Porsche has announced that it would be fully discontinuing its lineup of diesel-powered vehicles. The veteran automaker noted that its decision is fueled by its commitment to the upcoming electrification of its fleet, which the company expects to achieve by 2025.
The company’s announcement comes roughly five months after a senior manager at Porsche in Germany was arrested due to involvement in parent company Volkswagen’s high-profile Dieselgate scandal. Dieselgate, which emerged in 2015, involved Volkswagen’s practice of modifying the diesel engines of some of its cars to cheat laboratory emissions tests. Amidst the fallout from the scandal, Volkswagen had to pay billions of dollars worth of buybacks and repairs. The company was also required to initiate clean-energy campaigns to make up for the environmental damage its modified diesel-powered vehicles caused.
Porsche, for its part, has taken the clean-energy initiative seriously. In 2015, Porsche unveiled its Mission E sedan concept, a vehicle that is now dubbed as the Taycan. Just like the Tesla Model S, the Taycan is built and designed to be an all-electric car through and through, and it is expected to be competitive in the premium EV industry when it enters the market next year. Other variants of the Mission E line, such as the off-road-optimized Mission E Cross Turismo, have been unveiled earlier this year as well.
Ultimately, the company’s abandonment of its diesel line is not out of character for Porsche. The company, after all, has steadily been moving away from diesel propulsion since 2015. The last Porsche model that is powered by diesel, for example, was offered in the United States back in November 2015. Last year, only 12% of Porsche’s global sales came from its diesel fleet. That said, Oliver Blume, chief executive of Porsche did note in a statement to CNN Money that the company is not in any way “demonizing diesel.”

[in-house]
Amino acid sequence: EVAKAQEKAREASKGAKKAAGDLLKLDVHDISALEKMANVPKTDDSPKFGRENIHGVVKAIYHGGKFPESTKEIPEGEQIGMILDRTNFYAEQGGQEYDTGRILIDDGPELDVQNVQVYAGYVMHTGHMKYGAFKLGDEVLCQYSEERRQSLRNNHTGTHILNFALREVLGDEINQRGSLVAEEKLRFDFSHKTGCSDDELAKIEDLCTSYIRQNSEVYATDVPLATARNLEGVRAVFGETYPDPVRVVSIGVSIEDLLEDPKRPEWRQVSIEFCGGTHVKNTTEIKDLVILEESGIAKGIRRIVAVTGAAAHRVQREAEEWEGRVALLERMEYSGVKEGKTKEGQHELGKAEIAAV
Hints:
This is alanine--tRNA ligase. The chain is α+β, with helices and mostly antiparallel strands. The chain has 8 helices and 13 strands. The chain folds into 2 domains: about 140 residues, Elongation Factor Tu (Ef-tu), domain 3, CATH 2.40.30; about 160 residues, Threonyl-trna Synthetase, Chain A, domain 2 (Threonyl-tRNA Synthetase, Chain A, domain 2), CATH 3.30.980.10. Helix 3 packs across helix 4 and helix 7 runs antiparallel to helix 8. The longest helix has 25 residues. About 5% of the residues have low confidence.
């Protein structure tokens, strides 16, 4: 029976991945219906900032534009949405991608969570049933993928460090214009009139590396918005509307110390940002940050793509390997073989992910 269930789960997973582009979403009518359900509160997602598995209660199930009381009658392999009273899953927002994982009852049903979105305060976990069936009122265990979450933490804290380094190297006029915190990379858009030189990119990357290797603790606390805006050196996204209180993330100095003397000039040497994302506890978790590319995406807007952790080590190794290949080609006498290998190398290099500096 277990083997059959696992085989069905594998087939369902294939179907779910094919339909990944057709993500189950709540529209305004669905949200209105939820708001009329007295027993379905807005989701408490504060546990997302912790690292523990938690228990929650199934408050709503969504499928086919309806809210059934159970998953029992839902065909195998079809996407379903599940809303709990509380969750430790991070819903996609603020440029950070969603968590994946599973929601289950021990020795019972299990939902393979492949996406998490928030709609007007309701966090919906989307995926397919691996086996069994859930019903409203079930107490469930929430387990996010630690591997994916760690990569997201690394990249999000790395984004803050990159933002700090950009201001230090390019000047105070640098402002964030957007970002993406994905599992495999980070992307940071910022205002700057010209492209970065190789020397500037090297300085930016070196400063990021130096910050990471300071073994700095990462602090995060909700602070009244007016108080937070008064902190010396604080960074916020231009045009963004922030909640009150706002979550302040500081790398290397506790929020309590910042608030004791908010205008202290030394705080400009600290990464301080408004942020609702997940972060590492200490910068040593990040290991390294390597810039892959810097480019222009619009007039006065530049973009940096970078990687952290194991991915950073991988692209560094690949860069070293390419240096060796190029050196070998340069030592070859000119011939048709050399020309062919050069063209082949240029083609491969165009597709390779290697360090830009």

“It is, and will remain, an important propulsion technology. We as a sports car manufacturer, however, for whom diesel has always played a secondary role, have come to the conclusion that we would like our future to be diesel-free,” he said.
By 2025, Porsche plans to transition half of its offerings to either hybrid or all-electric systems. Porsche has selected the Taycan to be its flag-bearer as it takes its first steps towards electrification, and over the past months, sightings of the Taycan’s test mules conducting real-world testing in several countries suggest that Porsche is heavily refining the vehicle before its release. The Taycan’s platform is also expected to be used in the Audi Sport E-tron GT, a concept vehicle set for debut this coming November at the 2018 Los Angeles Auto Show.
Porsche notes that the Taycan will feature its trademark performance, with the vehicle being listed with a 0-60 mph time of 3.5 seconds, a range of 310 miles per charge, and a top speed of 155 mph. Pre-orders for the Taycan have been opened to interested buyers in selected regions, and so far, Porsche has noted that the reception to the car has been very positive.